Being such a vast country the climate in China is extremely varied and does go from one extreme to the other. Winter (November to February) can be a bone chilling affair with temperatures in the high north of the country like Harbin for example regularly dropping well below zero – which is great for the popular Harbin Ice Festival which occurs in January. Further south in Beijing it is still a cold winter but not as extreme as further north. Naturally the further south you go the warmer it gets and winter in Shanghai is actually quite bearable. Winter is naturally a time when most tourist attractions are at their quietest, however the annual Chinese New Year celebrations (varies but can be any time between January and March) will see hotels and transportation being stretched to their capacity.
Spring (March – May) and Autumn (September – October) attract similar climates and are often regarded as the best times to visit China. The country begins to bloom in colour with Spring seeing floral explosions in the countryside and in Autumn russet hues take over the trees surrounding the Great Wall and also in some of the major cities. However like Chinese New Year it is advisable to avoid May holiday (beginning of May) and National Day (first week in October) as once again hotels and transport will be hiked in price and very busy plus the popular attractions will be flooded with local Chinese tourists.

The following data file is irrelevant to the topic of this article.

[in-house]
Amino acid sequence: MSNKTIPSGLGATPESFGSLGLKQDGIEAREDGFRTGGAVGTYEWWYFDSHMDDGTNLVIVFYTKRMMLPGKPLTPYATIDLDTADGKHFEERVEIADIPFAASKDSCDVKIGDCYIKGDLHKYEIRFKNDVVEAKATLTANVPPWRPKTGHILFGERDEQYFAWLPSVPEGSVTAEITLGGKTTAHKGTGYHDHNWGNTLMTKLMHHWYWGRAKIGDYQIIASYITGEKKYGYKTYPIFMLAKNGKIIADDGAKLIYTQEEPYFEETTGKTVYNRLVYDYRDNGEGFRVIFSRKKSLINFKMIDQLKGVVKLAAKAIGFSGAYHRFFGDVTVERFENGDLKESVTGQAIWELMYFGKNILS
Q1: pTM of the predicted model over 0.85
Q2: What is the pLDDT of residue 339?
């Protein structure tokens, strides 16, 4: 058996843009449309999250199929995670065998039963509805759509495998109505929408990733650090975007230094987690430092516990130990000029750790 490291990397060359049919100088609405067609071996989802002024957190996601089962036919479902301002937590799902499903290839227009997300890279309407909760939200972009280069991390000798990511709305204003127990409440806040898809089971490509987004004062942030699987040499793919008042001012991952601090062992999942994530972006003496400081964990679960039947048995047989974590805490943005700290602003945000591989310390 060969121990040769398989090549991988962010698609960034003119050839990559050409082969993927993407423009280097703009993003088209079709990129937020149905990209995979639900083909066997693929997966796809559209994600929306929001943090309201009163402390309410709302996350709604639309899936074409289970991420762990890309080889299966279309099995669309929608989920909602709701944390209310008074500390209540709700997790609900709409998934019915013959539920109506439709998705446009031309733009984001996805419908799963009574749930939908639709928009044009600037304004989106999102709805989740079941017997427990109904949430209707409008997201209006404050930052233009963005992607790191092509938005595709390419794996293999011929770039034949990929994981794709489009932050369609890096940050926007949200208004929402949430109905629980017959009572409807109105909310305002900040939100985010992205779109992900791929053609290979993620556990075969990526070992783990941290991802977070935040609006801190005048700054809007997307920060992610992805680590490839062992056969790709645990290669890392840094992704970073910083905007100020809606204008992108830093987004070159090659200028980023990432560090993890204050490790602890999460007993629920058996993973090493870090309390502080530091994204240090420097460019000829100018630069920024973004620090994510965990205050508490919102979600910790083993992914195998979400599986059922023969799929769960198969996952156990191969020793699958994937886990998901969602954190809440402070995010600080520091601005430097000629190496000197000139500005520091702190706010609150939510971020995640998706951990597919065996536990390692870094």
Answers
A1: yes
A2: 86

Summer (June – August) sees the country basking in high temperatures and long warm days. It is also when a lot of the rain comes. However be prepared for a lot of crowds to descend on the popular tourist attractions – this is when China’s children are on holiday and families and groups from the four corners of the country flock in 1000s to see the Great Wall, Tiananmen Square, the Terracotta warriors etc. Despite the hot temperatures it is still a great time to go as long as you are prepared with light clothing, lots of water and a trusty Chinese fan to help keep you cool!